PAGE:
The United States fought a civil war 150 years ago that has shaped the politics of this country ever since. We are taught that the war was about slavery, but it was really a result of the breakdown of the political system; this at least is the Michael Holt thesis: Political parties became sectionalized as the Whigs were replaced by the Republicans, temporarily but chaotically destabilizing the duopoly.
The energy and movement in U.S. politics over the last 50 years has been about the Republicans gobbling up turf that once belonged to the Democratic Party. The GOP from Goldwater forward has remade itself as the party of Dixie.
Contrary to conventional wisdom, Goldwater and Reagan are not the party heroes of this narrative of transformation; rather, it should be George Wallace and Richard Nixon. It was Nixon who initiated the Dixification of the Republican Party with his embrace of Kevin Phillips' "Southern Strategy."
Simply put, Phillips saw the political puissance of Alabama Governor George Wallace's third-party run for the presidency in 1968, based as it was on a thinly veiled Negrophobia and Hippiephobia pitched to a belligerent white working class, and decided to appropriate it for the GOP. The rest as they say is history.
Fast forward to yesterday's piece by Nate Cohn, "Donald Trump’s Strongest Supporters: A Certain Kind of Democrat," which argues that Donald Trump, though ahead across the board with all slices of the Republican demographic pie, has his greatest support among less educated members of the working class in the South and industrial North who are registered as Democrats:
He is strongest among Republicans who are less affluent, less educated and less likely to turn out to vote. His very best voters are self-identified Republicans who nonetheless are registered as Democrats. It’s a coalition that’s concentrated in the South, Appalachia and the industrial North, according to data provided to The Upshot by Civis Analytics, a Democratic data firm.In other words, a repeat of George Wallace.
It was encouraging to see the writers over at FiveThirtyEight at least acknowledging ("The Meaning Of Donald Trump") the similarity of the Trump phenomenon to that of George Wallace in 1968, though they stick to mainstream talking points of why Trump won't win the Republican nomination (without providing any insight into who will). As I've mentioned before, these talking points usually reduce to a faith that the infrequent voters who provide the bedrock of Trump's support will not show up to the polls in 2016; that, and the unstated proposition that the American political system is not truly democratic, that it is a private enterprise administered by two exclusive clubs that can bar entry to whichever candidate it chooses.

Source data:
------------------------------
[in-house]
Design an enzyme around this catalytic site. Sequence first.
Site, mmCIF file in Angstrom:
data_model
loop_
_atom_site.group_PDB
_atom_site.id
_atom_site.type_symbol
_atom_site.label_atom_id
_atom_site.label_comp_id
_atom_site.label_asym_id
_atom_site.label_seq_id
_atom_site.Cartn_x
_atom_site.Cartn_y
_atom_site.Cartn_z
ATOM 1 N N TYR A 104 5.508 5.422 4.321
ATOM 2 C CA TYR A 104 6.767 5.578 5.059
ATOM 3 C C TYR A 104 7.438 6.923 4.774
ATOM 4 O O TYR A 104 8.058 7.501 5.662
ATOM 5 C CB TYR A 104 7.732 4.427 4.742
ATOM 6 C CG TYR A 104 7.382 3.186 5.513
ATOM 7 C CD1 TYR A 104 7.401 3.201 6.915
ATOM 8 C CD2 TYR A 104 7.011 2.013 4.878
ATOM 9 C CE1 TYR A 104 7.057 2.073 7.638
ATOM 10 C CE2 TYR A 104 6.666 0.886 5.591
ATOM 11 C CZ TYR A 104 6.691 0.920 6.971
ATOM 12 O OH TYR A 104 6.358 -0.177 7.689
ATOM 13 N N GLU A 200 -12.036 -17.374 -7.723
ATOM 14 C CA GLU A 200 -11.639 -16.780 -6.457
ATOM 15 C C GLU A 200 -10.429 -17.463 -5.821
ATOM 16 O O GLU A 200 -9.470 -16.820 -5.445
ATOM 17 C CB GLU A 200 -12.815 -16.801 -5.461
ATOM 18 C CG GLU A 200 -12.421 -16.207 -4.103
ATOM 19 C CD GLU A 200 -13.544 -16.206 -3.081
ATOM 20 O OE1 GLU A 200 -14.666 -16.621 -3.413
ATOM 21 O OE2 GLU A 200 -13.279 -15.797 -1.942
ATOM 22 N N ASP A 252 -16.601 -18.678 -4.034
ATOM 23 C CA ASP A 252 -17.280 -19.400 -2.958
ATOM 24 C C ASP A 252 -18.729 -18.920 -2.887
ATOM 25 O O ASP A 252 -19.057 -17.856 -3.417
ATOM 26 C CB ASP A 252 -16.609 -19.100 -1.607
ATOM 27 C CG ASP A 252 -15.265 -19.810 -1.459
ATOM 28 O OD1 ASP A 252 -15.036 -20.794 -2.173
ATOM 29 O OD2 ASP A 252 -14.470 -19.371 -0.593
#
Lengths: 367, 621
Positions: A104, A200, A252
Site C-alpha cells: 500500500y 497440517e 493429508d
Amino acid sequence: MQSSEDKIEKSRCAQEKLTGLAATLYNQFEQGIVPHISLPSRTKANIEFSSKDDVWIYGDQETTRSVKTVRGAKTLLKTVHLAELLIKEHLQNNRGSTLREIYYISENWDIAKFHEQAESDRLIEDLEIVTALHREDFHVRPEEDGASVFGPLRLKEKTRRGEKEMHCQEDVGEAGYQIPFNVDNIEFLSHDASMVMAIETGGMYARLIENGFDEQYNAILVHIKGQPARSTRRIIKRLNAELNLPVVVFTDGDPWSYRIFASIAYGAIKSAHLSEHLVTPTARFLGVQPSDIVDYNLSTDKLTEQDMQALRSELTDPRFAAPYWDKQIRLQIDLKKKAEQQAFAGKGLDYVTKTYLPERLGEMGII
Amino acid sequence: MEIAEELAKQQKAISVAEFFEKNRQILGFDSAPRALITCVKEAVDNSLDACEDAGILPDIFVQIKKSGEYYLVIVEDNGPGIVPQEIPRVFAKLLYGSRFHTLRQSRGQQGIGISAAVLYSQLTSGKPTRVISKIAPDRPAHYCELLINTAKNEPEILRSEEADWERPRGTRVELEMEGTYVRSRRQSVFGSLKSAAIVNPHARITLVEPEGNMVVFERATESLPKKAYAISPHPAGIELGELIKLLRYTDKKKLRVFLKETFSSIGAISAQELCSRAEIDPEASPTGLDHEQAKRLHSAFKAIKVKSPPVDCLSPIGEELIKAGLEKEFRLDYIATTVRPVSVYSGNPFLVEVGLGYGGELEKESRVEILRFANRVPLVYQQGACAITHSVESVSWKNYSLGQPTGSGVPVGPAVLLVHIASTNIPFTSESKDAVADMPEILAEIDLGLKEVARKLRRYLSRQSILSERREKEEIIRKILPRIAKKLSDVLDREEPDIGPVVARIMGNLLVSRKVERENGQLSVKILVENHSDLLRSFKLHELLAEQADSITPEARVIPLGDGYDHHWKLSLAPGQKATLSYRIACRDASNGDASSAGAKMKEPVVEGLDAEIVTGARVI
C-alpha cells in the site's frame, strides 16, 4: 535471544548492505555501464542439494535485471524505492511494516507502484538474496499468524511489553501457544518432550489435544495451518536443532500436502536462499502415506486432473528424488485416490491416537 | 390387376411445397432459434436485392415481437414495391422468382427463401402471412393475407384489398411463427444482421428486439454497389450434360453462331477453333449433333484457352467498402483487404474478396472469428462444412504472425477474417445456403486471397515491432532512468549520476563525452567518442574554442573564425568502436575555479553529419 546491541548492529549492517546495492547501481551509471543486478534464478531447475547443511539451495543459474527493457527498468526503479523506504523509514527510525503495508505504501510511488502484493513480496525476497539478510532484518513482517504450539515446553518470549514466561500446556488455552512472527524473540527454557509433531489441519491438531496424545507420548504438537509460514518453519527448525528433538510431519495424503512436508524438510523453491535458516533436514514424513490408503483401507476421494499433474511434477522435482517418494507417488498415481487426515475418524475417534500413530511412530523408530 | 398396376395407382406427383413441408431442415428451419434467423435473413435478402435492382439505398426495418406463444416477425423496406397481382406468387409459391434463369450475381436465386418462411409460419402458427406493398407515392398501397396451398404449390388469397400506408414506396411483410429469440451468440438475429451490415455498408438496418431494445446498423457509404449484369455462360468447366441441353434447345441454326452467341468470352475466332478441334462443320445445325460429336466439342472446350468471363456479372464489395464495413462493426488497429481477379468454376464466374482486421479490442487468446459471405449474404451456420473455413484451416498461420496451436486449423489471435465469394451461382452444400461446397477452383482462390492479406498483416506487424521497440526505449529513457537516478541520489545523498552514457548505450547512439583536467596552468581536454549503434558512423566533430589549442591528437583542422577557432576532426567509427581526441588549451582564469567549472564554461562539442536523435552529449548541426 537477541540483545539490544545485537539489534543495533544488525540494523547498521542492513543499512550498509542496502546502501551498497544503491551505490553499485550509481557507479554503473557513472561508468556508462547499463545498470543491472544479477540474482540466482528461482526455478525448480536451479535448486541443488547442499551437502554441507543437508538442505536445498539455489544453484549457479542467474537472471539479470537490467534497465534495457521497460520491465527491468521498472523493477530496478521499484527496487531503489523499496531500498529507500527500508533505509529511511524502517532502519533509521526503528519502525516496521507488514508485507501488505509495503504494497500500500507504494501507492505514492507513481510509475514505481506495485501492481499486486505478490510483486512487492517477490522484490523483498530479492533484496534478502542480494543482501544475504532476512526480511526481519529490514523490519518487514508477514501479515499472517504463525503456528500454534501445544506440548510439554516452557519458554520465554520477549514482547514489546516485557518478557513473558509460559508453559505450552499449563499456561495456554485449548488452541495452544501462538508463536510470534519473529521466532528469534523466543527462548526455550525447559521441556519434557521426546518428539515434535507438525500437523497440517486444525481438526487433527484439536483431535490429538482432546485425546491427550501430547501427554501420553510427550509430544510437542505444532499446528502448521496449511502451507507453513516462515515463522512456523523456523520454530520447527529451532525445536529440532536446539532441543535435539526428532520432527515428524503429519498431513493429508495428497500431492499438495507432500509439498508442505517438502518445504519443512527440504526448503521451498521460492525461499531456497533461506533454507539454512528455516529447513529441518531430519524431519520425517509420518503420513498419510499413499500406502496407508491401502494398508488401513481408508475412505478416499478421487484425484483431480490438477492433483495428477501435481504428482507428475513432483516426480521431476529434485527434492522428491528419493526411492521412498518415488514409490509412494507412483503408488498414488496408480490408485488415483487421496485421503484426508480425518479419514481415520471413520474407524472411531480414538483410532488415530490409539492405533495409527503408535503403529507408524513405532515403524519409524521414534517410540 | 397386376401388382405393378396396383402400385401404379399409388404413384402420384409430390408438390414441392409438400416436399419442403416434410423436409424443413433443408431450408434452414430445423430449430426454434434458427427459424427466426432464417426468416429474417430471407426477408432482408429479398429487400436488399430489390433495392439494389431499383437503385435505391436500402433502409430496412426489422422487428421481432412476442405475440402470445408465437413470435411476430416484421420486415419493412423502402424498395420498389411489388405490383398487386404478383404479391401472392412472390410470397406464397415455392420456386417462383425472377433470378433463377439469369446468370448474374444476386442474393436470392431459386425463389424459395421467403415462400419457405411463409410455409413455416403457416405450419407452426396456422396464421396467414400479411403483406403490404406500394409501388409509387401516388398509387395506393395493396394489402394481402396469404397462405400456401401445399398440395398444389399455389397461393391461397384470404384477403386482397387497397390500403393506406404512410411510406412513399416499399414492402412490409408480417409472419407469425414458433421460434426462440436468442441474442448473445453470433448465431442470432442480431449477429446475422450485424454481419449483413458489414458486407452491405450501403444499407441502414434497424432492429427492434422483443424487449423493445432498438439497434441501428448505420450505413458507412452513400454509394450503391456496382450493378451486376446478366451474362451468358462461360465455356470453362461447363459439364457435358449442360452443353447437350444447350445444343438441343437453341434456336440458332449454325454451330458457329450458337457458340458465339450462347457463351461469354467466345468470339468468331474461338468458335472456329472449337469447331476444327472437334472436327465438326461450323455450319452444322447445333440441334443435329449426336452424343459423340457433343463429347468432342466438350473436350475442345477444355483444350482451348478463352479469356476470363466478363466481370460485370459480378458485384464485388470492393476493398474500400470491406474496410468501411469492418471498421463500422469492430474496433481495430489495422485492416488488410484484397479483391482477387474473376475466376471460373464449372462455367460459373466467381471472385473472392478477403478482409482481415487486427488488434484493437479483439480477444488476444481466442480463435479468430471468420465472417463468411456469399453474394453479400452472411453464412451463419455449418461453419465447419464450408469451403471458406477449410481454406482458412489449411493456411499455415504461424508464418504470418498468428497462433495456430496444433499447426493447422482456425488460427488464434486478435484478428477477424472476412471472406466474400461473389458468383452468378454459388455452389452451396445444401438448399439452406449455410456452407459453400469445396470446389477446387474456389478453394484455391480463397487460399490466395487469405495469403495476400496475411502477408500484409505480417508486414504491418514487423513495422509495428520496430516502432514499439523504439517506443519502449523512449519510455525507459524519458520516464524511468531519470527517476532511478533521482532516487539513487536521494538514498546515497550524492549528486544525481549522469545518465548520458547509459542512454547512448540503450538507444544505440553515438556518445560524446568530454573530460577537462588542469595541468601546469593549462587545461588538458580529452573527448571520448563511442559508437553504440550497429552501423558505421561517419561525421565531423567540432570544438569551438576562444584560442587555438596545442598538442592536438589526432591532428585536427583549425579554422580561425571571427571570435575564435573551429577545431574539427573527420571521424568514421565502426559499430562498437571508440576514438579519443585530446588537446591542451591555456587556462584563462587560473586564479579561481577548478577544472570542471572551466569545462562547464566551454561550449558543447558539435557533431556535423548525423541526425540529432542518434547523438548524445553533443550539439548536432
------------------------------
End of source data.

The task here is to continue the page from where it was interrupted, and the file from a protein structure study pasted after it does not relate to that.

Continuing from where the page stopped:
The touts at FiveThirtyEight fail and fail miserably because they see history as nothing more than a big, flat data set. (For instance, they bat about Buchanan '92 as being on the same level as Wallace '68. Poppycock! Wallace '68 created the current GOP Congressional majority.) But history isn't flat. History has a distinct shape. And if that shape taking form shows Trump to be similar to Wallace in 1968, then analysts would be wise to look again.
Well, you will say, "No worries for the GOP. Wallace didn't win. Tricky Dick won in a nail-biter. Who is to say that this doesn't augur the same for Ted Cruz?"
The difference is that Wallace, a Democrat governor from the Deep South, ran as a third-party candidate. Trump isn't running as a independent or third-party candidate. Trump is running as a Republican, and he is running ahead among Republicans, even the wealthy ones.
The other huge blind spot in the conventional wisdom, and something that I was surprised to see go unmentioned by the FiveThirtyEighters, is the failure of the Obama presidency. This is never accorded the weight that it deserves. Obama was elected in two landslides as an avatar of hope and change. The promise of his presidency is that we are all in this together, that we are a community; that America stands for honesty and peace and prosperity. We bought that ticket. And it didn't bring us to the promised land; at the end of the Obama road was just the same old Bush-Cheney killing floor.
People are mad. They want to shatter the system because the system doesn't work. Trump is the vehicle to bring this about.
The Road (2006) is a Pulitzer Prize winning novel by the great Cormac McCarthy. It is a story about a father and son surviving in a brutal post-apocalyptic landscape. The book was made into a less than successful film starring Viggo Mortenson. But the film score by Nick Cave and Warren Ellis is a good one. Listening to it last week, I realized that movie soundtracks have been an important feature of my sonic landscape the last five years. I have probably listened to Robbie Robertson's soundtrack to Scorsese's Shutter Island (2010), not to mention the more recent film score to The Rover (2014) by Anthony Partos, as much as any record.
I think a good film score is an ambient register of the soup we swim in, sort of a sonic amniotic fluid. The Road, Shutter Island and The Rover all point to very difficult bitter times ahead.